Cramer pledges ‘collaboration’ and focus on ‘every child’
Published 4:51 pm Wednesday, September 21, 2022
The Smithfield Times sat down with newly hired Isle of Wight County Schools Superintendent Dr. Theo Cramer on Sept. 14 to discuss his 30-year education career, recent move across state lines, and plans for the school division.
1. What got you into the education field?
My brother, ended up never teaching a day in his life, was an education major. I was the only one out of the three of us who wasn’t an education major undergrad. … He left his resume home and he called. This was before cellphones, he goes to the payphone and says, “Can you bring my resume to the job fair?”
I just graduated and was subbing at my older sister’s school. … I gave him his resume, and as I was leaving there are recruiters coming from all over like, “Are you a recent graduate?” And I’m like, “I graduated, but I’m not an education major.”
Literally, I was going to leave and that was going to be the end of it. I had received so much interest from recruiters from all over the country, I actually went back home and put one of my two suits on … came back to the job fair and was offered a job on the spot that day. It was actually Prince George’s County.
2. What led you to apply for the superintendent position and relocate to Isle of Wight from Maryland?
I had retired from Maryland and knew that once I retired from Maryland I would seek an opportunity as a superintendent. I have spent my career in education. Leaving Maryland I wanted to work in a school system and a community that I thought represented my values, a school system and community that I would enjoy living in and working in … really kind of a 1½- to two-hour radius.
Isle of Wight was further than I wanted to go, but I started doing my due diligence, did my homework, looked at board meetings and looked at the community, Googled Smithfield and actually came down here and said this is a really great place. It was further than I wanted. I really wanted to be close enough where I could go back home like midweek and come back because my wife and daughters, my youngest daughter is in Pennsylvania at Lafayette College and my oldest is at the University of Maryland.
I didn’t want to be three-plus hours away, but I honestly felt that this is such a great school community, such a great school division and such a great place to live. I said I”m going to have to apply and got permission from my wife. I said, “Are you OK with this if it happens and it’s going to really change our lives,” and she said … it’s a great community as well, I think it’s a good fit.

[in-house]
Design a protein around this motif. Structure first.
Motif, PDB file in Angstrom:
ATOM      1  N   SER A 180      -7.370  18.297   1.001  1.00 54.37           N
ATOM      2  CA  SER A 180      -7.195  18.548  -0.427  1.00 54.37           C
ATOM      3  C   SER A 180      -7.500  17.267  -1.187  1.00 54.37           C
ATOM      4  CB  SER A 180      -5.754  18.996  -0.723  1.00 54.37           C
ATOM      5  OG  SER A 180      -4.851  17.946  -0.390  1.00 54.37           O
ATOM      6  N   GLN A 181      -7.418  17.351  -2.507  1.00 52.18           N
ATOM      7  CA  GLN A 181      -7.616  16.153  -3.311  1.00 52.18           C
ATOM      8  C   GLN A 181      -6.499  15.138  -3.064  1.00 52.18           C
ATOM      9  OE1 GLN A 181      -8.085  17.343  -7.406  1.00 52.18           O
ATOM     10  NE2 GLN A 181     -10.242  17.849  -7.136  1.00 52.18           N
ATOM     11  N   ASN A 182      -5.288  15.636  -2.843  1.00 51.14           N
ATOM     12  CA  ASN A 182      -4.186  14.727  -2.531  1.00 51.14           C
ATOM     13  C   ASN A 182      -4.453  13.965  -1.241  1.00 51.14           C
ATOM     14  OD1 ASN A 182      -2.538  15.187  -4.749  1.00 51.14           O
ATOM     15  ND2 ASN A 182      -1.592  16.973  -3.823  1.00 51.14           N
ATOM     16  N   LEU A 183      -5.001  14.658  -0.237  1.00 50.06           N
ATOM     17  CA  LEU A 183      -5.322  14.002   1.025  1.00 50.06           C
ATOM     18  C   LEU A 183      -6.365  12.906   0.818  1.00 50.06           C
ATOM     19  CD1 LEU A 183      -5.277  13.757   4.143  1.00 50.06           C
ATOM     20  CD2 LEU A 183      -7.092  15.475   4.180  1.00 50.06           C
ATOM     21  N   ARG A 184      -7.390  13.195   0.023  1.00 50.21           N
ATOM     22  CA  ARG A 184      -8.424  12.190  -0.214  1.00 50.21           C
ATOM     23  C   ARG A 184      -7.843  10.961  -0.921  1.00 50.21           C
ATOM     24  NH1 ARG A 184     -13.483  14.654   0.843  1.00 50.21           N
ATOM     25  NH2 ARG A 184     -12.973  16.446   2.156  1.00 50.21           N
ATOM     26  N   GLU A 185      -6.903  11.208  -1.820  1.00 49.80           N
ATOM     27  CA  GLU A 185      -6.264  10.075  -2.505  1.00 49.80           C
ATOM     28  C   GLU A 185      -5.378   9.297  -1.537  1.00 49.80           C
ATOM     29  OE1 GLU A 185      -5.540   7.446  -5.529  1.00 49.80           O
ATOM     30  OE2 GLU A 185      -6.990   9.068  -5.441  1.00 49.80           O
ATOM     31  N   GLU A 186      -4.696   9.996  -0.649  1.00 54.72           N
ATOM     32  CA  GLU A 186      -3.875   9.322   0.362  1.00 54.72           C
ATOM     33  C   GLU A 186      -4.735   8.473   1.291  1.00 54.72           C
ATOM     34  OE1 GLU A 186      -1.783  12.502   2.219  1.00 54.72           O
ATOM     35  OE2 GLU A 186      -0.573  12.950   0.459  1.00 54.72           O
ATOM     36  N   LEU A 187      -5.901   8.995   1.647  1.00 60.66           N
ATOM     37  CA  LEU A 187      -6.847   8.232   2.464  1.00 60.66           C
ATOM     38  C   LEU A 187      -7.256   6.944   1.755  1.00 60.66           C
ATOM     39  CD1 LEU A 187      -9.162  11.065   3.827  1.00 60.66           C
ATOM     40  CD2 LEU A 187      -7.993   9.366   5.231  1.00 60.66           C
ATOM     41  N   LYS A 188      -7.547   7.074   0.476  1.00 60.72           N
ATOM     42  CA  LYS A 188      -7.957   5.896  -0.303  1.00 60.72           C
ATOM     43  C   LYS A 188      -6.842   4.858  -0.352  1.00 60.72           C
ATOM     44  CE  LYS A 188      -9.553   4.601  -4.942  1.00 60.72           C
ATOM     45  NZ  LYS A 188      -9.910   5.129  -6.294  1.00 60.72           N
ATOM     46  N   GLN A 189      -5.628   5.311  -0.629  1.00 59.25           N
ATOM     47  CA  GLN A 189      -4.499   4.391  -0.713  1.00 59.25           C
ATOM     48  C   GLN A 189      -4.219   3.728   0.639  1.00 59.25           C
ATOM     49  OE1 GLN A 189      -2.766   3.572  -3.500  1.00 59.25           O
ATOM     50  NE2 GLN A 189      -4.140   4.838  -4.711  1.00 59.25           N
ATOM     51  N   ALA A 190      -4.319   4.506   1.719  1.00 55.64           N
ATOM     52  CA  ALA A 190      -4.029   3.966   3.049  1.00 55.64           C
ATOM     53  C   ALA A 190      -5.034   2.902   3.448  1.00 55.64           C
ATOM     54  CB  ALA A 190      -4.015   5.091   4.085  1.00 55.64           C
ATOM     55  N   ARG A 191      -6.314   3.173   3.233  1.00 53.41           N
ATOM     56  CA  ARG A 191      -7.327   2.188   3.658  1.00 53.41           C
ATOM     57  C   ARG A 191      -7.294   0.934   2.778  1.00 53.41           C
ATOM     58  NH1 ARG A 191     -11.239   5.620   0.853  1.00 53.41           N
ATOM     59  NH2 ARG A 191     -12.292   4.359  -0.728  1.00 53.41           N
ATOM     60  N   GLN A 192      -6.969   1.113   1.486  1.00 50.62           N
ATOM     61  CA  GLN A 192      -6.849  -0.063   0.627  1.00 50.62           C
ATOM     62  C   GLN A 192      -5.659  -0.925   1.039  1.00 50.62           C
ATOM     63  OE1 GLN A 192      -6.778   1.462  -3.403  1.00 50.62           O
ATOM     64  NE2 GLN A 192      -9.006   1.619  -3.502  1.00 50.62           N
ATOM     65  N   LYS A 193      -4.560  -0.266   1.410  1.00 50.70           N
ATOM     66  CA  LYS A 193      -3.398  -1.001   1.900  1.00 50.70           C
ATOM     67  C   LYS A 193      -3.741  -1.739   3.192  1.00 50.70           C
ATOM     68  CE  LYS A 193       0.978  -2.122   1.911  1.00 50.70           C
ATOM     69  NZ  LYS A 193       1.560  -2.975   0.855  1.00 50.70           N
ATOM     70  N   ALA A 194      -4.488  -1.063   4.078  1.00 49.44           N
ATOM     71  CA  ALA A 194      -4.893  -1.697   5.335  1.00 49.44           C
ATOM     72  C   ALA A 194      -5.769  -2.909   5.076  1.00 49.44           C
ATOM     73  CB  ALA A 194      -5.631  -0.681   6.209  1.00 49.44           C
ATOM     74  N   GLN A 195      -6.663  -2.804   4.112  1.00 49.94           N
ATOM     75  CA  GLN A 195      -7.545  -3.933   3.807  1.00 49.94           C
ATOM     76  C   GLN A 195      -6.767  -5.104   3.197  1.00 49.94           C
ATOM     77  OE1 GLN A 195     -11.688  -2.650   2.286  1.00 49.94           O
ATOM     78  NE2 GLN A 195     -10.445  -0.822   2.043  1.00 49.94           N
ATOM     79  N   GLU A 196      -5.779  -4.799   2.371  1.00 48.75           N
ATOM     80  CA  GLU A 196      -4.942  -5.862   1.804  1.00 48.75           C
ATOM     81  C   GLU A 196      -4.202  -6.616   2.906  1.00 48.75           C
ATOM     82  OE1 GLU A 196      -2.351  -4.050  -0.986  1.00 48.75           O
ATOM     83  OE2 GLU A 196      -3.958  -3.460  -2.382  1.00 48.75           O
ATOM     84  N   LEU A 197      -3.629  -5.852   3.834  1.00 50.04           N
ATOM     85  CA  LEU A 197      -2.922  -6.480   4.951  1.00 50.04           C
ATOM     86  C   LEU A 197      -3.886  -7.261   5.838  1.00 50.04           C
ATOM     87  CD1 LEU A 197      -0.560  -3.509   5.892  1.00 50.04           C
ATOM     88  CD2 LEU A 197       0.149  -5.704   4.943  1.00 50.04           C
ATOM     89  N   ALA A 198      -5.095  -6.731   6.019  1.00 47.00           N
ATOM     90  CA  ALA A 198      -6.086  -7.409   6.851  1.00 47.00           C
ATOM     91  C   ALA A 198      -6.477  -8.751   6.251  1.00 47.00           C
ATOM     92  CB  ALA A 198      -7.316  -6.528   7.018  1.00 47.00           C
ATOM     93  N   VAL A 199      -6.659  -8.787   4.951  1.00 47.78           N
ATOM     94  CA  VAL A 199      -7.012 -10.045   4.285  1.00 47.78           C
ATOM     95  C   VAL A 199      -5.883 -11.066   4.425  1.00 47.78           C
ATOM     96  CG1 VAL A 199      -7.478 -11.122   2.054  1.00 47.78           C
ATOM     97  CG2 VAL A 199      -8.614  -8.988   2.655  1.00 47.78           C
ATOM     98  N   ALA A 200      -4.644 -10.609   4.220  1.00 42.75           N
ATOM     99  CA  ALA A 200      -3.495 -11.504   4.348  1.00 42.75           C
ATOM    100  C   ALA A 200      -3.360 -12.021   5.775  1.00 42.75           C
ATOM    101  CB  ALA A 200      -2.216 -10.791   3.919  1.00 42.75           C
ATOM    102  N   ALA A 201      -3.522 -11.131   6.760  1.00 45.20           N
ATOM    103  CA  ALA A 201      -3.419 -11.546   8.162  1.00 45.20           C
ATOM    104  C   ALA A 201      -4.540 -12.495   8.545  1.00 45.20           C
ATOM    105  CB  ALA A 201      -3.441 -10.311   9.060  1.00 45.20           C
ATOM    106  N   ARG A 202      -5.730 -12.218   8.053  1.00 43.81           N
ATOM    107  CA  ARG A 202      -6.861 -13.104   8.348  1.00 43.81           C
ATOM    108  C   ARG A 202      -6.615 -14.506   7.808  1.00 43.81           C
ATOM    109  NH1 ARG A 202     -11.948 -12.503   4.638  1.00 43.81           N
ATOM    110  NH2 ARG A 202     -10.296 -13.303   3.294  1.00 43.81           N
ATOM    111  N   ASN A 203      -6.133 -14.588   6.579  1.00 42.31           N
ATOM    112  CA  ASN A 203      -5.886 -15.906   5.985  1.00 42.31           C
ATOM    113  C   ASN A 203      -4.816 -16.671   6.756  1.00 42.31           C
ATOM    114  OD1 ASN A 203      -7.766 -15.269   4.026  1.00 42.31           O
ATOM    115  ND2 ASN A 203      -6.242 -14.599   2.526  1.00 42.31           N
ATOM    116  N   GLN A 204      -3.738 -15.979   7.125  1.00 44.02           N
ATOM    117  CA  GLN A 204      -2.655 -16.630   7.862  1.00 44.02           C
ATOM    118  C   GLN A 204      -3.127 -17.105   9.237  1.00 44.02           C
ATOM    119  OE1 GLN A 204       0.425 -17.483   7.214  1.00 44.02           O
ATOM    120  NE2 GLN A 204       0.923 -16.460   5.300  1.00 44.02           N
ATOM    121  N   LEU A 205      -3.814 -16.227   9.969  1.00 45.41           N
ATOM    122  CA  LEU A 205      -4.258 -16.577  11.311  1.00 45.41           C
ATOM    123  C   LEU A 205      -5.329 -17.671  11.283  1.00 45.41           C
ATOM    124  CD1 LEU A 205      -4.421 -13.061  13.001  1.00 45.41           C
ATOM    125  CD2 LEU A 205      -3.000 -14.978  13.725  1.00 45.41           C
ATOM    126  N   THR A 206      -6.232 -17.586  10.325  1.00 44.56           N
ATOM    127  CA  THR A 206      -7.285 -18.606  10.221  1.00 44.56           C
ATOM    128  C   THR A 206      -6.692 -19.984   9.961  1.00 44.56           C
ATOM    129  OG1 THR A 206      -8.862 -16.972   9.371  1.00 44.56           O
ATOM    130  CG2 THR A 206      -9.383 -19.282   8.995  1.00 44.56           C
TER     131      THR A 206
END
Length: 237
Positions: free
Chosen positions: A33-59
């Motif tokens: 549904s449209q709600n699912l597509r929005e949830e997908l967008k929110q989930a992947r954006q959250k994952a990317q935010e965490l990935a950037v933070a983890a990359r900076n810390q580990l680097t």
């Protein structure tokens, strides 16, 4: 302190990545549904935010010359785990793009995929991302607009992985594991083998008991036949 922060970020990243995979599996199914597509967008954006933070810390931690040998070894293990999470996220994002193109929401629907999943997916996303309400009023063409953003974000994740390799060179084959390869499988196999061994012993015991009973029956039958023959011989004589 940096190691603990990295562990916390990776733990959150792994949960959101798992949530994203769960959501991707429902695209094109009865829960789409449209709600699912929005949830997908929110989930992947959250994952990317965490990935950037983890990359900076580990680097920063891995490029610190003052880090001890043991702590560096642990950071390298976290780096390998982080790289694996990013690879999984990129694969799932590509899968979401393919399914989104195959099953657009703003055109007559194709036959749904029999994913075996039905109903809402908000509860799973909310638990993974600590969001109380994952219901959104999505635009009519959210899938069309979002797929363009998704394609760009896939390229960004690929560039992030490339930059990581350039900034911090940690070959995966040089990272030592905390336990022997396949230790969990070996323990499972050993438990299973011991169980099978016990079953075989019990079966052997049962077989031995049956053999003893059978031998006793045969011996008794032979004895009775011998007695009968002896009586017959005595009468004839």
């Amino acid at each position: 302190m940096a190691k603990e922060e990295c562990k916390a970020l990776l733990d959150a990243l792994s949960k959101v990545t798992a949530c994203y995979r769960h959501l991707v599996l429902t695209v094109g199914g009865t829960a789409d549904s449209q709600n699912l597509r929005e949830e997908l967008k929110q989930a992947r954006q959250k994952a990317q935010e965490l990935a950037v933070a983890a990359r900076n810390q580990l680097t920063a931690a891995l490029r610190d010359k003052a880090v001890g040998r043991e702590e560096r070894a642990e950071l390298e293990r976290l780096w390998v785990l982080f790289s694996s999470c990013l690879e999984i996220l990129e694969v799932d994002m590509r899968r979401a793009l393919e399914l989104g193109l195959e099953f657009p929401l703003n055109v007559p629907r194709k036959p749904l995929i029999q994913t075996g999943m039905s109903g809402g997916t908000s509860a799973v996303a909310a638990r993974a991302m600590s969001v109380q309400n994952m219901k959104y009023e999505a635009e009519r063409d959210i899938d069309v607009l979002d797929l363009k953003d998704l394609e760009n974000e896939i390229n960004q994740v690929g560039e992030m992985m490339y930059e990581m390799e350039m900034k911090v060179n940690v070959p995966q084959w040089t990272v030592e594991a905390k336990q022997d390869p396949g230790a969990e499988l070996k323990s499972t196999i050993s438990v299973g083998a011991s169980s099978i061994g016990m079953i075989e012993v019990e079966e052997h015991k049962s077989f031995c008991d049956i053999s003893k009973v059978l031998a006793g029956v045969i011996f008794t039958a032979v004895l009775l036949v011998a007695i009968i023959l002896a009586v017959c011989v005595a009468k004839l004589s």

3. What was your previous school system like?
I’ve worked in multiple school systems. In Maryland they’re referred to as systems, getting used to the term “division.” … I’ve worked in Prince George’s County, Maryland, which is a very large, urban school system, over 130,000 students, over 200 schools. I worked there for 17 years total. It’s in the Washington, D.C., suburbs.
I’ve also worked in a community that’s very similar to this one in St. Mary’s County, Maryland, for almost a decade, nine years in fact. My children were reared there. My wife and I … she worked there as well. Demographics are very similar, military community, a little more isolated than Isle of Wight. … That was actually my first central office experience. In that role I served as executive director of multiple departments.
One of my favorite jobs was … executive director of college and career readiness and also career technical education, so I oversaw that work, which is why I’m very excited about the work we’re doing here in CTE career technical education in Isle of Wight.
My most recent role was akin to what I’m doing now. I was community superintendent of 26 schools, four high schools, seven middle schools, 14 elementary schools and one special education center and handled the entirety of the needs of those principals and schools in a large school system with 77 schools total.
4. Do you have any goals for Isle of Wight yet?
There are three overarching themes that I shared that I think are important. … The things that I wanted to focus on are creating a collaborative culture, high academic expectations and certainly also looking at the wellness and the mental health of our educators and our students.